But then we started reading the township ordinances. And holy hell, there were so many. Ordinances mandating that you can’t build an accessory building before a primary residence. Ordinances about not allowing you to run a business from your property. We would need so many variances. Honestly, it makes me crabby. People should not be jerks and be considerate of their neighbors. People should also be able to do what they want with their land.
Based on what we heard from the township, it doesn’t look good that they would give us any variances. It feels like we may be back to the drawing board. After 3 long years of looking for a new house, it’s exhausting. So many people have accused us of having too high of expectations but honestly, our “must have” list consists of very little: 2 stories, at least 3 bedrooms on top level, on more than 5 acres, acres are not just an open field. That’s it. I don’t feel like we are asking for too much. It just feels like it isn’t out there. Which seems unreasonable. Sigh.
So sometimes you just need an easy win. Everyone likes chicken. And an excuse to open a bottle of wine on a Wednesday. This recipe checks both those boxes, tastes incredible, and can be made in under 30 minutes.
1 pound chicken, tenders or breast, thinly sliced
1 tablespoon olive oil
2 tablespoons butter, unsalted
1-2 leeks, sliced
1 cup mushrooms, sliced
1/2 cup heavy cream
1/6 cup white wine
If you are using chicken breasts, slice them down the middle so they are thinner. If you are using tenders, those should be thin enough. Sprinkle chicken with salt and pepper on both sides.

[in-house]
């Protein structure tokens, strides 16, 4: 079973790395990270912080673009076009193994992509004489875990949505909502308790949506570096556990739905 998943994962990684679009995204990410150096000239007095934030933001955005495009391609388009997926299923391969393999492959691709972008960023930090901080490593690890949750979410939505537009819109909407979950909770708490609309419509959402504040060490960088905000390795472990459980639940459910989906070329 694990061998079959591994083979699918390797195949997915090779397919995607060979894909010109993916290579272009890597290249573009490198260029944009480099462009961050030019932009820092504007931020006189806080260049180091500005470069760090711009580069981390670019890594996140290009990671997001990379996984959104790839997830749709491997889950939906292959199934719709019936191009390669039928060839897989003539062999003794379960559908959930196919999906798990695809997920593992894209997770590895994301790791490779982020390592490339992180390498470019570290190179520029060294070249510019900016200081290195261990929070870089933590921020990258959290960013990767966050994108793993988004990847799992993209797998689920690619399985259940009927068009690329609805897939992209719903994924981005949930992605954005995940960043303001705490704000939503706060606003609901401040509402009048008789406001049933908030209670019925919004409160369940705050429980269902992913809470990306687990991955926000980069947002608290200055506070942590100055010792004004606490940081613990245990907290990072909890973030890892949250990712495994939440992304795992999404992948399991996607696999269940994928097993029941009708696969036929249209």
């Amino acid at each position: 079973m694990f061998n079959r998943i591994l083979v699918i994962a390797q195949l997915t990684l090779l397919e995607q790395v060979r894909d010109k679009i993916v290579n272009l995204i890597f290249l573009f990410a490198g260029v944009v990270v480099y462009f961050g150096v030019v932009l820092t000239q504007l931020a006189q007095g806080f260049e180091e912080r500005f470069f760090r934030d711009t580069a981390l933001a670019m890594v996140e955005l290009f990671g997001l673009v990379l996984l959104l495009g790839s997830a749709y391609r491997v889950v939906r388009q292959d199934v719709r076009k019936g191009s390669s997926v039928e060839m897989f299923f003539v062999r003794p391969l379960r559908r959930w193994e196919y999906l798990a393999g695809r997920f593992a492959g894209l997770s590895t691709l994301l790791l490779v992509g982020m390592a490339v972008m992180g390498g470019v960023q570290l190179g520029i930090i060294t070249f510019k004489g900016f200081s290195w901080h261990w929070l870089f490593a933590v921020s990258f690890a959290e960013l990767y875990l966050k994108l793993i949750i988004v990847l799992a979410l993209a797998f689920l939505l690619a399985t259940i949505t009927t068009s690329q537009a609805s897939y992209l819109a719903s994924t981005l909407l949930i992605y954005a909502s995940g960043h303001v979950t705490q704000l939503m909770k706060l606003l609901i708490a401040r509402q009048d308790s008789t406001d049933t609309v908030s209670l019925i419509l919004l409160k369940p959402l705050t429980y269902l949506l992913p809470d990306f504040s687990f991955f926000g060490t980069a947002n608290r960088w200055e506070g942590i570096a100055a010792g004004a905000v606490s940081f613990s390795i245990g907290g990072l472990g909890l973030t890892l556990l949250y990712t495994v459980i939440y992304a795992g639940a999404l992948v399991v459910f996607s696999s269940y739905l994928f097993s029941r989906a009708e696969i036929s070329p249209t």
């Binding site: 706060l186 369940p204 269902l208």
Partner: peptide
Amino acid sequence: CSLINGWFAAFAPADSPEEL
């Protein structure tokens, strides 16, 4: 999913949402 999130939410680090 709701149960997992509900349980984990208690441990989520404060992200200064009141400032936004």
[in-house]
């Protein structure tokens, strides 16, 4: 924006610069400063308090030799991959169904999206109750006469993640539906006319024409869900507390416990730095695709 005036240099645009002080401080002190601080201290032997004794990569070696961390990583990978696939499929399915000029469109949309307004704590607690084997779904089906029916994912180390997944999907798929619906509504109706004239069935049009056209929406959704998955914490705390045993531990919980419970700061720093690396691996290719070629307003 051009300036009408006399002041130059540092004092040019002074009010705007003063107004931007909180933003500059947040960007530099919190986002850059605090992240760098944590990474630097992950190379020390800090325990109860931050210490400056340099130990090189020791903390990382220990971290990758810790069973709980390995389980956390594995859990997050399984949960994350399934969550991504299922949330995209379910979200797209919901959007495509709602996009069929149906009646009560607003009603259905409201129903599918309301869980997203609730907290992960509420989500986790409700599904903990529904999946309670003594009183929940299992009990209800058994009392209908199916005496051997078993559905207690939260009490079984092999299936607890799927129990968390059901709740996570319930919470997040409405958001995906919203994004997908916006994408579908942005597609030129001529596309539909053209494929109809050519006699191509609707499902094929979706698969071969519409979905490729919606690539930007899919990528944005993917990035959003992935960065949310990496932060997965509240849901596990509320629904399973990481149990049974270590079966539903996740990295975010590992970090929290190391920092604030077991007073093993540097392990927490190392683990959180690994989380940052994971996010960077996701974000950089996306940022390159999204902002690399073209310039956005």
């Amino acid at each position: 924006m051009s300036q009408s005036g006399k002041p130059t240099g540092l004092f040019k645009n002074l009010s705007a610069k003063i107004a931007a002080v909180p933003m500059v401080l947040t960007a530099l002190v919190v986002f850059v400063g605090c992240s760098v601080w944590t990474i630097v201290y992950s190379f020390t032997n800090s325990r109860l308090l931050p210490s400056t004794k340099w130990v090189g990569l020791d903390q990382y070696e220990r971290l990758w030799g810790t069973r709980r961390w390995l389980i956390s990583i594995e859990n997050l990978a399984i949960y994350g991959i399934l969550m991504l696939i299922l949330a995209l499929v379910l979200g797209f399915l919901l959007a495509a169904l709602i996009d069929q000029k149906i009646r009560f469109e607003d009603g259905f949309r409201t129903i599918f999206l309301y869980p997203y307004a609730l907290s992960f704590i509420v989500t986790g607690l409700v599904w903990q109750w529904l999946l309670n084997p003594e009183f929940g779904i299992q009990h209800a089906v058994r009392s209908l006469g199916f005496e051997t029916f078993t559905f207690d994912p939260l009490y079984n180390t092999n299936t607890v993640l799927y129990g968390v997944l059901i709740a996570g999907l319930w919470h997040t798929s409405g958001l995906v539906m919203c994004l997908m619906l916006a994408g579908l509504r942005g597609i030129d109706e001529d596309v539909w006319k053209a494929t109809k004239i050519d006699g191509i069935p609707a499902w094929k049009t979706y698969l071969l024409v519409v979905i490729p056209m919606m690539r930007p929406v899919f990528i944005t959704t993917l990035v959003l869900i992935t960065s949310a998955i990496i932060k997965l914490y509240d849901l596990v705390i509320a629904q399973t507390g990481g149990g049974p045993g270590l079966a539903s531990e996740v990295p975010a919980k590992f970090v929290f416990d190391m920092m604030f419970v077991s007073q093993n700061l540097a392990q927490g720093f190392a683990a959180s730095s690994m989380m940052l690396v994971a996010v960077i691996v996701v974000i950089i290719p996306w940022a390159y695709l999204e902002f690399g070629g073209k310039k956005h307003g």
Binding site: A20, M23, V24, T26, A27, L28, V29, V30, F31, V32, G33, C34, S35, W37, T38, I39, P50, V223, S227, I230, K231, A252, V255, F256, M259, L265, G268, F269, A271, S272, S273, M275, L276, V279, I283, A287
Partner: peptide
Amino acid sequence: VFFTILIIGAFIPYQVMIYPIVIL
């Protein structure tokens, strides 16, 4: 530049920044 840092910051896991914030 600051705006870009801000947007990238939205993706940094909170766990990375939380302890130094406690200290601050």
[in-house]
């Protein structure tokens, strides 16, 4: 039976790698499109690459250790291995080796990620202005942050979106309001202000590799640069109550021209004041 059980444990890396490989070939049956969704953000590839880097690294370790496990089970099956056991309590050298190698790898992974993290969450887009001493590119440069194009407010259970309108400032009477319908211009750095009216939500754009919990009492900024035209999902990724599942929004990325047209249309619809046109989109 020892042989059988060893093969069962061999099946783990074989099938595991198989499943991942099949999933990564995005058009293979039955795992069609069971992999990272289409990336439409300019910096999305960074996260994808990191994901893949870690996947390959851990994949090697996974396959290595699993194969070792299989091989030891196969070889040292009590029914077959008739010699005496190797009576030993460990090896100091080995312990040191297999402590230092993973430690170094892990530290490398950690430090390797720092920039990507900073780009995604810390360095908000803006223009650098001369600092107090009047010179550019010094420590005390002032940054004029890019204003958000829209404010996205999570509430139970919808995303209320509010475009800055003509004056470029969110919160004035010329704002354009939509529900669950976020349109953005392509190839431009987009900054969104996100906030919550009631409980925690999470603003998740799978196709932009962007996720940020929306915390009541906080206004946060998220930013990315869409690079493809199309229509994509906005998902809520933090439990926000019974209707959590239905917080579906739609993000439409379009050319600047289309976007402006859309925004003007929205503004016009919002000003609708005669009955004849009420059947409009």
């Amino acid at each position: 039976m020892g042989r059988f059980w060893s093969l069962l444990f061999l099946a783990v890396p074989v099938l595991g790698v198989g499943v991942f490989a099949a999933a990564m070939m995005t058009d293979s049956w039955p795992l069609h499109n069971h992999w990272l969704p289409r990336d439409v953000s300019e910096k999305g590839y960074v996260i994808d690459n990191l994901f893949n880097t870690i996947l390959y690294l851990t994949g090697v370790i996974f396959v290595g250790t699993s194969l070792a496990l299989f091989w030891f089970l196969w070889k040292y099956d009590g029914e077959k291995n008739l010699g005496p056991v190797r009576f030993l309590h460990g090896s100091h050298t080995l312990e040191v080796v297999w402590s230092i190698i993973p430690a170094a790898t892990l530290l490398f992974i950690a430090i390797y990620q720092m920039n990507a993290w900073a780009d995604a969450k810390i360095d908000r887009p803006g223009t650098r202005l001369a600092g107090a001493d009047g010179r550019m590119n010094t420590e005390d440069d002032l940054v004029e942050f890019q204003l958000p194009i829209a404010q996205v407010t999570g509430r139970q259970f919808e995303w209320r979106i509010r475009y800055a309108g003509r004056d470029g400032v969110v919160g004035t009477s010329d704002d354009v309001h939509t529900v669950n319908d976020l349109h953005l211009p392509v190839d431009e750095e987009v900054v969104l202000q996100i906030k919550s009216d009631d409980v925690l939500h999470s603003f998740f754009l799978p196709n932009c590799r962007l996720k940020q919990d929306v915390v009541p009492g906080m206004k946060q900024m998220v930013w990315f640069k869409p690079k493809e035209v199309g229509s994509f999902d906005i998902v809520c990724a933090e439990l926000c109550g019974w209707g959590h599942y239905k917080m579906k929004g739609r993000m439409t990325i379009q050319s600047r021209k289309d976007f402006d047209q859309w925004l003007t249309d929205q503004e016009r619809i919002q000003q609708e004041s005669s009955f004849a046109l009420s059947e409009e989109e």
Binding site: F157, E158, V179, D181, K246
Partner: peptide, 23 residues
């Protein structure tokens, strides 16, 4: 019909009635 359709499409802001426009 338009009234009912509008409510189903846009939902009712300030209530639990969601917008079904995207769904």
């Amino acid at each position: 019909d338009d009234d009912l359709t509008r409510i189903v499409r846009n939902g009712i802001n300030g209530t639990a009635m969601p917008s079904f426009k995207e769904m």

Grab a large skillet and toss 1 tablespoon of butter and 1/2 tablespoon of olive oil into the skillet. Melt over medium heat. Once melted, add in chicken. Cook for 3-4 minutes and then flip and cook for another 3-4 minutes. Do not clutter the skillet so you’ll want to probably divide the chicken, cook it, remove from skillet and place into a covered plate to stay warm. Then cook the second half. Remove second round of chicken from skillet and keep warm in the covered plate.
In same skillet, add in the remaining 1/2 tablespoon of olive oil and 1 tablespoon of butter to melt. Add in leeks and mushrooms and cook until mushrooms are soft and leeks are limp–around 5 minutes.
Add in wine and cook for about 2 minutes. Mix in heavy cream and cook until sauce gets thicker. If you want extra thick, add in another tablespoon of butter. Place chicken back into the skillet and toss until chicken is warm and well-mixed with sauce and veggies.
Serve chicken covered with the sauce, leeks, and mushroom. Enjoy!